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Colorado Child Support

In Colorado divorce, the divorce court can order either or both parents to pay child support, as long as it's reasonable and necessary. Child support payments are calculated by estimating the amount of support that would have been available if the family had stayed together with the help of a child support worksheet. This is figured by using the parents' combined gross income and then adjusted to allow for the child's medical expenses, insurance and work-related child care costs. The specific amount is allotted to each parent.

Although a child support worksheet is typically used to calculate child support, the divorce courts may alter the calculations, depending on the circumstances of the divorce. If the worksheet is not considered fair to make a child support order, the Colorado divorce court considers a variety of factors when it comes to determining who pays child support, including:

  • Financial resources of the child
  • Custodial parent's financial resources
  • Standard of living the child would have enjoyed if the marriage hadn't ended
  • Physical and emotional conditions and educational needs of the child
  • Financial needs, resources and obligations of the noncustodial and custodial parent

The Colorado divorce courts don't regard marital fault when deciding a child support order. Once a child support order has been issued, it's not necessarily permanent. It may be possible to modify child support if there is a change in circumstances. A local Colorado divorce lawyer can explain the circumstances that may encourage you to petition the Colorado divorce court for a child support modification.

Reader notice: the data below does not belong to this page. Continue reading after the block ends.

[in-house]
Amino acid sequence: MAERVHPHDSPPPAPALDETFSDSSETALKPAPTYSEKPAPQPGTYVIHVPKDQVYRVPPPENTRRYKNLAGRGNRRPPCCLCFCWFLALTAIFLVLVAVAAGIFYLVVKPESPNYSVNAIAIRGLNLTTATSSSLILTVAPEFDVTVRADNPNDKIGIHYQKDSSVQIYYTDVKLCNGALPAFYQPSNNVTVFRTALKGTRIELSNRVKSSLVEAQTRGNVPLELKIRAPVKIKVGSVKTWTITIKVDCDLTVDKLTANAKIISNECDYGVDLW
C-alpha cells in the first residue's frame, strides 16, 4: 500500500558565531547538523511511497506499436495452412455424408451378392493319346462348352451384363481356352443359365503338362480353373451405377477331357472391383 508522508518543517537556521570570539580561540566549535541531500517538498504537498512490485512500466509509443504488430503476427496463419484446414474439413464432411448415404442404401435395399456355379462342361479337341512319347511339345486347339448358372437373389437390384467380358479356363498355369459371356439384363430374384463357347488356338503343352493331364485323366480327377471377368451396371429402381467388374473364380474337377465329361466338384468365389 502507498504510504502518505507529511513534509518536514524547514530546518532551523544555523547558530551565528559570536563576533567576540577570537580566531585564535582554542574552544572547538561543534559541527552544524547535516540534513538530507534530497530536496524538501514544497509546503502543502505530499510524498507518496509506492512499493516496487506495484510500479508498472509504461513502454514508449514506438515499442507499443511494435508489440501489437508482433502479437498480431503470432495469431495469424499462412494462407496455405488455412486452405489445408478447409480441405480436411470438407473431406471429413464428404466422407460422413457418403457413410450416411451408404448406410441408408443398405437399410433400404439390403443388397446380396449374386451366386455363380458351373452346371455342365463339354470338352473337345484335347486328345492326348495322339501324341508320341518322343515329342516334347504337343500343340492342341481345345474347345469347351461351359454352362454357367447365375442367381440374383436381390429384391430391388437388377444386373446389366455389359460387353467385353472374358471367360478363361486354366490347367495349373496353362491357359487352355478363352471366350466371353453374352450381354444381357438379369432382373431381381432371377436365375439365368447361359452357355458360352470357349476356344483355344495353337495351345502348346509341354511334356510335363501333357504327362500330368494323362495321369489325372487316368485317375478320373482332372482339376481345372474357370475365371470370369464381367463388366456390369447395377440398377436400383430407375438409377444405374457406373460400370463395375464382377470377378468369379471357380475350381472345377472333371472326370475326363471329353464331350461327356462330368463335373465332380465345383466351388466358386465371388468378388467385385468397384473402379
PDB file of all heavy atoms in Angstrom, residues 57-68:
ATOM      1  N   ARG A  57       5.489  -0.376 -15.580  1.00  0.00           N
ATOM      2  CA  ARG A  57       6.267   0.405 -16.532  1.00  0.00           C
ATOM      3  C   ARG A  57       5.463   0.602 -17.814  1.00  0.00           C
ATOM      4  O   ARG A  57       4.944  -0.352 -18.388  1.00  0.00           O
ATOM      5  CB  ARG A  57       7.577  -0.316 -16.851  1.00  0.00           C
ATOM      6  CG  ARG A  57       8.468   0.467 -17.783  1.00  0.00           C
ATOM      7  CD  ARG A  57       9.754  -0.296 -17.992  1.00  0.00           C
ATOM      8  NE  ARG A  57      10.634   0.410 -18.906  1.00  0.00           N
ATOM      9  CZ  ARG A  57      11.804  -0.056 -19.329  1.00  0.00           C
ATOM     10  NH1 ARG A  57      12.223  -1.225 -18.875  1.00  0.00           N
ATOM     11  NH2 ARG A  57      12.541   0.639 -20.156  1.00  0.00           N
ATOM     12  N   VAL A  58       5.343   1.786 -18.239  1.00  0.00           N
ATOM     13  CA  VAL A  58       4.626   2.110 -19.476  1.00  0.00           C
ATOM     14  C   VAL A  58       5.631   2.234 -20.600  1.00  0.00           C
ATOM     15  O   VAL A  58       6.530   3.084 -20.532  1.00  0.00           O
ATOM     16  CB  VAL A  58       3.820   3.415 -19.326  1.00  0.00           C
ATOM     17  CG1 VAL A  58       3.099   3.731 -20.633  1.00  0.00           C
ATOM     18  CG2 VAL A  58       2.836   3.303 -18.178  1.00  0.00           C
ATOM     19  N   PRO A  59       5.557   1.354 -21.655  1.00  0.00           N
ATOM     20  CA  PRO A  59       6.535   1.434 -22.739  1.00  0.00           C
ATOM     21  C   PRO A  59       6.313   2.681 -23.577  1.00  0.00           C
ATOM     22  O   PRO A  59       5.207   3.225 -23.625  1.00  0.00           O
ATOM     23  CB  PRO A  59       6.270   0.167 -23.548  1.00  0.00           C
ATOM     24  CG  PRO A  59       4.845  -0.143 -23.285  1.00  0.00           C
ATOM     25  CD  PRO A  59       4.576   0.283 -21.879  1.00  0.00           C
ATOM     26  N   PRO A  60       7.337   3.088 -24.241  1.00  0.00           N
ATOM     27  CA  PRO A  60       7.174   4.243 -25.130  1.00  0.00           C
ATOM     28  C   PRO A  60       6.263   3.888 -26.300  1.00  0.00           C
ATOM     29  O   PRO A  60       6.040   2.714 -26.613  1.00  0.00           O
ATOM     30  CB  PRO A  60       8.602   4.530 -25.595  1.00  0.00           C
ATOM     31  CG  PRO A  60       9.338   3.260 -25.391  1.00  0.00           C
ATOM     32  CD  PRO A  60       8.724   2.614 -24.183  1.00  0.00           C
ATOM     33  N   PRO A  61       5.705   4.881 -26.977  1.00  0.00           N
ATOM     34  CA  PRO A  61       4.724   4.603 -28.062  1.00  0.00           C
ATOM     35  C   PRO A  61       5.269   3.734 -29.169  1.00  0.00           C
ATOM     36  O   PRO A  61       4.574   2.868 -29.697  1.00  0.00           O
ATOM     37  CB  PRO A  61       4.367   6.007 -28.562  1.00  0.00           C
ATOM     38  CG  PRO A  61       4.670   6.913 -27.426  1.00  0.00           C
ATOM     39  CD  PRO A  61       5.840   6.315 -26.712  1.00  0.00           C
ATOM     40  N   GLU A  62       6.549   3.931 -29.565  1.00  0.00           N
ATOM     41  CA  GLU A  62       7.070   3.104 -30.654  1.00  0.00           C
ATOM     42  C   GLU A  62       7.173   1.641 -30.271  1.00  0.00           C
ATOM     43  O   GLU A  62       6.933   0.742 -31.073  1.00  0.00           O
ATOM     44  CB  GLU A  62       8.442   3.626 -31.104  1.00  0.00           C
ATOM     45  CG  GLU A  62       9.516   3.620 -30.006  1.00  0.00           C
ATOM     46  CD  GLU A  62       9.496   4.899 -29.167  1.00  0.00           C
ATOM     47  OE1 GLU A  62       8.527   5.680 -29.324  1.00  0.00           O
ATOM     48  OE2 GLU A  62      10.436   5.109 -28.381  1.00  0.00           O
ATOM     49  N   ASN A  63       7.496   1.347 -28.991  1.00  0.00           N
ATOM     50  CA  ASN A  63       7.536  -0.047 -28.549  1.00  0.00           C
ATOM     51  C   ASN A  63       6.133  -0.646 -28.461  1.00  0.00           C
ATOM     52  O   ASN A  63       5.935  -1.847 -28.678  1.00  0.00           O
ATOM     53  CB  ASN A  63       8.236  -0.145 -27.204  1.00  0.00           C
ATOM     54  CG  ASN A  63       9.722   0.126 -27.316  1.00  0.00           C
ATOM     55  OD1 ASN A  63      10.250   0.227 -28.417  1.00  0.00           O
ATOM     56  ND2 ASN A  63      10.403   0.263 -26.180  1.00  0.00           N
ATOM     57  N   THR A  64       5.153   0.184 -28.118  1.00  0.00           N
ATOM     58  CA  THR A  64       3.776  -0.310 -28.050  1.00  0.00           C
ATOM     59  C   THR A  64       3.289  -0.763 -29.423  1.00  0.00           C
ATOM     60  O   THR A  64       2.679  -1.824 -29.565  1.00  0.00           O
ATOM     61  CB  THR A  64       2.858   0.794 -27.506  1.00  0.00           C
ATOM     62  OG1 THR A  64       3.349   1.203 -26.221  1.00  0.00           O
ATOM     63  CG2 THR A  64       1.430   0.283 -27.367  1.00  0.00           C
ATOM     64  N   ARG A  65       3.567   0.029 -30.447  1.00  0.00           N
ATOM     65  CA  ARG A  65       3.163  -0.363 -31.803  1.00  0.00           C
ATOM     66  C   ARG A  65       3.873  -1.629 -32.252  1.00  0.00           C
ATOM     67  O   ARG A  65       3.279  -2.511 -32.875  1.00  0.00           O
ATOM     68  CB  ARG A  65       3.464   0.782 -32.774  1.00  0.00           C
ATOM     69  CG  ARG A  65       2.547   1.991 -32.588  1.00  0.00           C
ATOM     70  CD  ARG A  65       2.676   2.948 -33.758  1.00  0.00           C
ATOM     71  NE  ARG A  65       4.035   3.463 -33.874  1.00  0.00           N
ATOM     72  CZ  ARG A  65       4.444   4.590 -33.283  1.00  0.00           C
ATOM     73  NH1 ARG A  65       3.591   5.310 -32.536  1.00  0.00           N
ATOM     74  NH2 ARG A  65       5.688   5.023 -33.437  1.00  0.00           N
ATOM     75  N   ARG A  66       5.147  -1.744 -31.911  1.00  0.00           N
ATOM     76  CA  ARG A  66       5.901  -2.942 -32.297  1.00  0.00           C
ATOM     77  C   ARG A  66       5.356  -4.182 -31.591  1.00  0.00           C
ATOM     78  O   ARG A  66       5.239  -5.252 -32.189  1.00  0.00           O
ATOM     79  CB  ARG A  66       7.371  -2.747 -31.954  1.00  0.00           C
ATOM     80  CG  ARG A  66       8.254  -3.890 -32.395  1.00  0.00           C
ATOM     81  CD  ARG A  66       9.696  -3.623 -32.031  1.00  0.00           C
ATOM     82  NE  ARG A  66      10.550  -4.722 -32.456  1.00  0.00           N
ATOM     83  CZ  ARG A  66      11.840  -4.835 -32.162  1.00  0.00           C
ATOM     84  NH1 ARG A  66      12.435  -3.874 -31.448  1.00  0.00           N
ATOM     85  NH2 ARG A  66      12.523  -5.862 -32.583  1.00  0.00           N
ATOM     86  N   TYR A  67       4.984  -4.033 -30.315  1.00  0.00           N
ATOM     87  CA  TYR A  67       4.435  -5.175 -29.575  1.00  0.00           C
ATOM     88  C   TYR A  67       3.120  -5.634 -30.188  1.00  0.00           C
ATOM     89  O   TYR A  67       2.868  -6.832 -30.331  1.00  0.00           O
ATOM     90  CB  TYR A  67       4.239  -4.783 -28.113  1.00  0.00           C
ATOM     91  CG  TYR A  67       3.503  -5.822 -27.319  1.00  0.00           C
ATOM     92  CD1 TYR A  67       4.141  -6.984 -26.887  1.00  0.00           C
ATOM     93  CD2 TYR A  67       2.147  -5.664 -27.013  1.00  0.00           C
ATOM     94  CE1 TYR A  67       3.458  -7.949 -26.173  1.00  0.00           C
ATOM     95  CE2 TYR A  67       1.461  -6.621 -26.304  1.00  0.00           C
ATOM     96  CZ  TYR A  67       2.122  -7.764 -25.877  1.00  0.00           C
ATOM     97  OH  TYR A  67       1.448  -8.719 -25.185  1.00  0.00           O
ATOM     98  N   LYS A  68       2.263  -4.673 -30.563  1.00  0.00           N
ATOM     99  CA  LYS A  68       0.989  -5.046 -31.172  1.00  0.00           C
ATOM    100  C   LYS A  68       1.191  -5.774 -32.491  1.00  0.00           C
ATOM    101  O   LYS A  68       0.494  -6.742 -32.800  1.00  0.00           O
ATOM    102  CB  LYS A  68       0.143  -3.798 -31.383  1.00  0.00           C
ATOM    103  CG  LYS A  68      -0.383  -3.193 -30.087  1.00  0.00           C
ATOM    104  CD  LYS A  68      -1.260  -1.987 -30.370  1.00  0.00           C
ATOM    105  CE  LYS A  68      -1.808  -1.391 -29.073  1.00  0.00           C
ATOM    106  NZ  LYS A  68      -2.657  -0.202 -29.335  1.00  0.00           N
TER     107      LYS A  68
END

Speak to a local Colorado divorce lawyer about your child support questions. With the help of a Colorado divorce lawyer, you can learn how your situation will affect the child support you may pay or receive. Find a divorce lawyer in your area by calling 877-349-1310 or filling a Colorado divorce case review. If your child support case doesn't involve a divorce, you can still connect with a Colorado attorney who concentrates in family law.

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The above synopsis of Colorado divorce laws is by no means all-inclusive and has been adapted from applicable state laws. These laws may have changed since our last update and there may be additional laws that apply in your situation. For the latest information on these divorce laws, please contact a local Colorado divorce lawyer in your area.

Colorado divorce laws were last updated April 2009.

Note: Keep in mind that all divorce laws are complex. If you need legal divorce advice or want to fully understand how these laws affect you, please speak with a local divorce attorney.